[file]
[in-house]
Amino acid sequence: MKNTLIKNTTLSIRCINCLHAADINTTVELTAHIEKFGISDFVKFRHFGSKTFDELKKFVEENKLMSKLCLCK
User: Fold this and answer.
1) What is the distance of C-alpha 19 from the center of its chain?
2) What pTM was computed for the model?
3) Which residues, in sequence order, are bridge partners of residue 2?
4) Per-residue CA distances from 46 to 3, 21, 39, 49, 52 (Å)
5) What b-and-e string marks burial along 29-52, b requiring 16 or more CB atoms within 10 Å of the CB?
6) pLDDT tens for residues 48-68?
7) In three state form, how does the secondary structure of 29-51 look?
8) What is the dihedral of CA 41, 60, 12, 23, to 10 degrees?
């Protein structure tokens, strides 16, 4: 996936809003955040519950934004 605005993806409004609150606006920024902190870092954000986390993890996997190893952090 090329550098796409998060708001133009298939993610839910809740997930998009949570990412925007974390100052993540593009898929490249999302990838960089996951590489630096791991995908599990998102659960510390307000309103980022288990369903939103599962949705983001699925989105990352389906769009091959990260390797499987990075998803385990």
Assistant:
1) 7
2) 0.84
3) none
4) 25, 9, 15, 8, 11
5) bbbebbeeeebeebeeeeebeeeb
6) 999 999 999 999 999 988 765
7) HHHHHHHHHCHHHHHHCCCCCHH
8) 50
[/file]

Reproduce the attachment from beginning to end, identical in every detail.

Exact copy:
[in-house]
Amino acid sequence: MKNTLIKNTTLSIRCINCLHAADINTTVELTAHIEKFGISDFVKFRHFGSKTFDELKKFVEENKLMSKLCLCK
User: Fold this and answer.
1) What is the distance of C-alpha 19 from the center of its chain?
2) What pTM was computed for the model?
3) Which residues, in sequence order, are bridge partners of residue 2?
4) Per-residue CA distances from 46 to 3, 21, 39, 49, 52 (Å)
5) What b-and-e string marks burial along 29-52, b requiring 16 or more CB atoms within 10 Å of the CB?
6) pLDDT tens for residues 48-68?
7) In three state form, how does the secondary structure of 29-51 look?
8) What is the dihedral of CA 41, 60, 12, 23, to 10 degrees?
């Protein structure tokens, strides 16, 4: 996936809003955040519950934004 605005993806409004609150606006920024902190870092954000986390993890996997190893952090 090329550098796409998060708001133009298939993610839910809740997930998009949570990412925007974390100052993540593009898929490249999302990838960089996951590489630096791991995908599990998102659960510390307000309103980022288990369903939103599962949705983001699925989105990352389906769009091959990260390797499987990075998803385990």
Assistant:
1) 7
2) 0.84
3) none
4) 25, 9, 15, 8, 11
5) bbbebbeeeebeebeeeeebeeeb
6) 999 999 999 999 999 988 765
7) HHHHHHHHHCHHHHHHCCCCCHH
8) 50